Tue, Sep 14, 2010 - Page 2 News List

CWB mulls radar work with Manila

PREDICTING STORMSThe Philippines used to operate a radar observatory in the Bashi Channel, but it was hit by a typhoon. Taiwan wants to build a new observatory

By Shelley Shan  /  Staff Reporter

The Central Weather Bureau (CWB) yesterday said it was mulling plans to work with the Philippine government to erect a radar observatory in the Philippines to enhance its ability to forecast typhoons.

Bureau Deputy Director-­General Yeh Tien-chiang (葉天降) said many typhoons pass through the Philippines and the Bashi Channel (巴士海峽) before hitting Taiwan, ­making the area an important location for typhoon forecasts.

At present, the nation operates four radar observatories, Yeh said, adding that the one in Oluanpi (鵝鑾鼻), Pingtung County, could record information at a distance of between 300km and 400km off the coast.

“If we could have another radar somewhere in the Bashi Channel, it would expand our observation range by between 200km and 300km,” Yeh said.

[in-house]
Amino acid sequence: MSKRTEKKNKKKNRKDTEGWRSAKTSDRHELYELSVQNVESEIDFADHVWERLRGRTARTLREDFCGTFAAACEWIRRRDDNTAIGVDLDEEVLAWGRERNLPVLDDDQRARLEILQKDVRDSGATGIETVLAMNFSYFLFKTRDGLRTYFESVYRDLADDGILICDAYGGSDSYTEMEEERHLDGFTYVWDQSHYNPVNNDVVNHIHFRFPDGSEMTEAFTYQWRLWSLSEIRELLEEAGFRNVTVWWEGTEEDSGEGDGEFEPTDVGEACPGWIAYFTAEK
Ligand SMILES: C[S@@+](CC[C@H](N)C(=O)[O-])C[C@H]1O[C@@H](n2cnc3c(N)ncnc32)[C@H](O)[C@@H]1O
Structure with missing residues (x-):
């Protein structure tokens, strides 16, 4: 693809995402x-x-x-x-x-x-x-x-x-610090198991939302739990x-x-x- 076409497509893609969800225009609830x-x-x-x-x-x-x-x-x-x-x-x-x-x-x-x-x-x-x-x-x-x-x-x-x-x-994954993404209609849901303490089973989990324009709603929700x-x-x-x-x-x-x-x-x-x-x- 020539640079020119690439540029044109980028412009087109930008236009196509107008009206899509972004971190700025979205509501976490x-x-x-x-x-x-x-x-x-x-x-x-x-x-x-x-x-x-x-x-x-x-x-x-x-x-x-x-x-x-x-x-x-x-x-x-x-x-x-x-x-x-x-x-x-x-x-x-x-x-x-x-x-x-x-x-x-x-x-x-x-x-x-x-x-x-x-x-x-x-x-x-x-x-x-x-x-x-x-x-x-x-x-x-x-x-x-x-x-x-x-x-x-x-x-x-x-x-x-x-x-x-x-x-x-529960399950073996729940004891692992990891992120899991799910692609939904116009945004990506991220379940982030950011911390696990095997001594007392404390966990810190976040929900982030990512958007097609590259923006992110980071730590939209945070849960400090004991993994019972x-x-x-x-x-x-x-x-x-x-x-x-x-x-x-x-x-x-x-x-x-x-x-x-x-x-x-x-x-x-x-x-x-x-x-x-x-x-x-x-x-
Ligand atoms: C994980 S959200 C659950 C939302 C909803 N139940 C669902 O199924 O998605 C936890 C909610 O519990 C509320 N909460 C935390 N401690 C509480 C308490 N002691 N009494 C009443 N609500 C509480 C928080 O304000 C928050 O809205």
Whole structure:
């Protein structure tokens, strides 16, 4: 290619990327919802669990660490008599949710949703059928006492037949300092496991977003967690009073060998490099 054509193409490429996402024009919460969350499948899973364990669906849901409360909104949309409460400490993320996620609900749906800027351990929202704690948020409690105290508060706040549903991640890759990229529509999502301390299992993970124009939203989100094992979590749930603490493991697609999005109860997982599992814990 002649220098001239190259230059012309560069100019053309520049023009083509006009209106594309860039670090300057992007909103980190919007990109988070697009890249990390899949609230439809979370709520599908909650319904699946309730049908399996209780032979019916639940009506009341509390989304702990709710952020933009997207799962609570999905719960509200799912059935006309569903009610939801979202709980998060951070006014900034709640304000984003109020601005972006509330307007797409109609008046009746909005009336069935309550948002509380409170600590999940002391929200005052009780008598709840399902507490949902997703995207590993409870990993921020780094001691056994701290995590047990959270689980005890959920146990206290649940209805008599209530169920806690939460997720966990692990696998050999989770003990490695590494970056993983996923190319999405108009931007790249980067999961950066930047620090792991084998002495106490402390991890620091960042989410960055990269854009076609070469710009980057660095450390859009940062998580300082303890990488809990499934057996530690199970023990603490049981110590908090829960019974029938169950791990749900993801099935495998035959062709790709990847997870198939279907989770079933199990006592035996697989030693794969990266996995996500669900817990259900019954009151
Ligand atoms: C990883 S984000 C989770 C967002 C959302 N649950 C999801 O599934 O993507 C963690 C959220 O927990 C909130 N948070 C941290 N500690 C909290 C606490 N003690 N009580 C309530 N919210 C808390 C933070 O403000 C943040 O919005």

The Philippines used to operate a radar observatory on an island in the Bashi Channel, but it was destroyed by a typhoon, Yeh said.

Several factors play into the decision as to where to place an observatory, Yeh said.

A sound communications infrastructure to ensure the information can be instantly transmitted back to the bureau, a stable power supply system and technicians with ready access to the observatory are some of the requirements that must be met, Yeh said.

Batan Island, which is located north of Luzon island, appeared to be an ideal location, Yeh said.

Bureau Director-General Shin Tzay-chyn (辛在勤) said the bureau would mainly provide technical support for the project, while the National Science Council would cooperate with the Philippines government and make arrangements on which country would pay for maintenance of the radar system.

Earlier this year, Taiwan donated US$280,000 to Manila to build 15 automatic weather observation centers. The bureau said the construction and maintenance costs of the new observatory were estimated at NT$150 million (US$4.7 million).

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